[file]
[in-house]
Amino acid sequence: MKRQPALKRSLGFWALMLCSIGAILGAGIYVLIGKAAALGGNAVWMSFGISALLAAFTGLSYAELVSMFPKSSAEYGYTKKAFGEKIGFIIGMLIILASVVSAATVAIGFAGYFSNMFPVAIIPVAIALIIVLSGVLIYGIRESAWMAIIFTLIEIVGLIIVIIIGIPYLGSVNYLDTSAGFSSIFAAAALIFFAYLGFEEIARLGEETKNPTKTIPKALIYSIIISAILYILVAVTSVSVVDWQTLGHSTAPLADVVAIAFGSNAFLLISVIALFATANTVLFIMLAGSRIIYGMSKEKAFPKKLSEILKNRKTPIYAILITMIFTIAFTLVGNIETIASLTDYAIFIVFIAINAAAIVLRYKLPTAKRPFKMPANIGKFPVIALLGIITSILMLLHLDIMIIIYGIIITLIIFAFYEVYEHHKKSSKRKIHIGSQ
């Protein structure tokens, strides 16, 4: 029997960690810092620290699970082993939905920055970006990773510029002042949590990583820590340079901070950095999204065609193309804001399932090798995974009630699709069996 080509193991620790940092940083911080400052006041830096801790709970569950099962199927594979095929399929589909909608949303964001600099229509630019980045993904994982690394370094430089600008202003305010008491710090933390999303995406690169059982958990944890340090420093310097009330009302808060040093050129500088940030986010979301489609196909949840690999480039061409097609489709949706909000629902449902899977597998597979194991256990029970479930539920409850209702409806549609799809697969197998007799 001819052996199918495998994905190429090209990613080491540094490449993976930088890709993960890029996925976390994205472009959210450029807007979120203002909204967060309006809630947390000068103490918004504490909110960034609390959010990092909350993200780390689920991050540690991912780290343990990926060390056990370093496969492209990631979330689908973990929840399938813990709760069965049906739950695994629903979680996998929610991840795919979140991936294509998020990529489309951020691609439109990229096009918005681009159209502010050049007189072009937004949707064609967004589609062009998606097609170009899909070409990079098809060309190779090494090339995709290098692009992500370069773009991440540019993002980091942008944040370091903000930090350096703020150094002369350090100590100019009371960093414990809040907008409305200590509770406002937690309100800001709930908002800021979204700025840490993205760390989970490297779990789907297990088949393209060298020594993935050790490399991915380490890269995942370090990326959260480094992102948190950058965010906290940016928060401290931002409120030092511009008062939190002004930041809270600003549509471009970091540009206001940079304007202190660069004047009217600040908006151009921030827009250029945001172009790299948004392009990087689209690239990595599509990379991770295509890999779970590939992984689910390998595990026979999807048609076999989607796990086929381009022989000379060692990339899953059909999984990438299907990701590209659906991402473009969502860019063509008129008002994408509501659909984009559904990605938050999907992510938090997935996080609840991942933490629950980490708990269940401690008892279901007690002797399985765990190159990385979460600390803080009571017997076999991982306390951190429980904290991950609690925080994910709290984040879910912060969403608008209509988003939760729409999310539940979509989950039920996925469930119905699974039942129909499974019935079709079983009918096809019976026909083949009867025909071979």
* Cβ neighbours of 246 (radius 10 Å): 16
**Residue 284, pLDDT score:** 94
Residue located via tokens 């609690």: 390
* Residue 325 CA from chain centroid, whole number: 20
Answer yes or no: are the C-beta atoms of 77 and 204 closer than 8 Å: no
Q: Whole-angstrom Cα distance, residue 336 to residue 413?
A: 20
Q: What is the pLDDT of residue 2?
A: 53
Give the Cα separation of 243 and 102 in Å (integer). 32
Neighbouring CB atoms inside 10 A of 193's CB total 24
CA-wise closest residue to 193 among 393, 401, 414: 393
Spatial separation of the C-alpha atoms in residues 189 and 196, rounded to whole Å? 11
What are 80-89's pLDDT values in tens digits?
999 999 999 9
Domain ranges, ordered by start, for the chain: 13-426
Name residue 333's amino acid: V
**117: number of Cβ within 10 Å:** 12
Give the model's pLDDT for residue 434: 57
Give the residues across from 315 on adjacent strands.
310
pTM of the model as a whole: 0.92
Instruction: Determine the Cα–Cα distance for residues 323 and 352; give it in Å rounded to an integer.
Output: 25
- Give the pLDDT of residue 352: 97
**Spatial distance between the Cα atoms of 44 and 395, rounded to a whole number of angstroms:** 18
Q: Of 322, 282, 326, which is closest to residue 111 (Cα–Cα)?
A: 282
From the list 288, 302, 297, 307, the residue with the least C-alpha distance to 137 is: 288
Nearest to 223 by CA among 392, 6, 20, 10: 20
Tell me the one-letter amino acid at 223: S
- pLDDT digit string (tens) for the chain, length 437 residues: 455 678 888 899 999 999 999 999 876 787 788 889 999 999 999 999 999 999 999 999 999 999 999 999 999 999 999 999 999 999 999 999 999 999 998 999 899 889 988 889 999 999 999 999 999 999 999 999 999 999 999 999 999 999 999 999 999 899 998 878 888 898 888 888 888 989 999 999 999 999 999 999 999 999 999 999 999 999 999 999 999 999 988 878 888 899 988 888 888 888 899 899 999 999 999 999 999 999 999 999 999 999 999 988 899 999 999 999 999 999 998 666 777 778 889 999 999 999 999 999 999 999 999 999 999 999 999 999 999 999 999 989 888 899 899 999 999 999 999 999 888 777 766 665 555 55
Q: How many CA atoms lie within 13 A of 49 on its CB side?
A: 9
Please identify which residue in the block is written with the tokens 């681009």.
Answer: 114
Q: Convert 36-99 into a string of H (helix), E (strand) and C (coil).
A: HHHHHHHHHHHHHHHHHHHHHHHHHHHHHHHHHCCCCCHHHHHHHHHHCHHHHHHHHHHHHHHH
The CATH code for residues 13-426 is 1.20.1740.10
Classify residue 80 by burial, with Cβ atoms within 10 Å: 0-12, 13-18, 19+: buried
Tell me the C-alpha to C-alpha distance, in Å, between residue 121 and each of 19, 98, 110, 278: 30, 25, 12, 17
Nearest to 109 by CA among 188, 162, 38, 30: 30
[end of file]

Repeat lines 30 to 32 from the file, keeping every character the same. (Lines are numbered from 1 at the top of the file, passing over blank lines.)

Q: Of 322, 282, 326, which is closest to residue 111 (Cα–Cα)?
A: 282
From the list 288, 302, 297, 307, the residue with the least C-alpha distance to 137 is: 288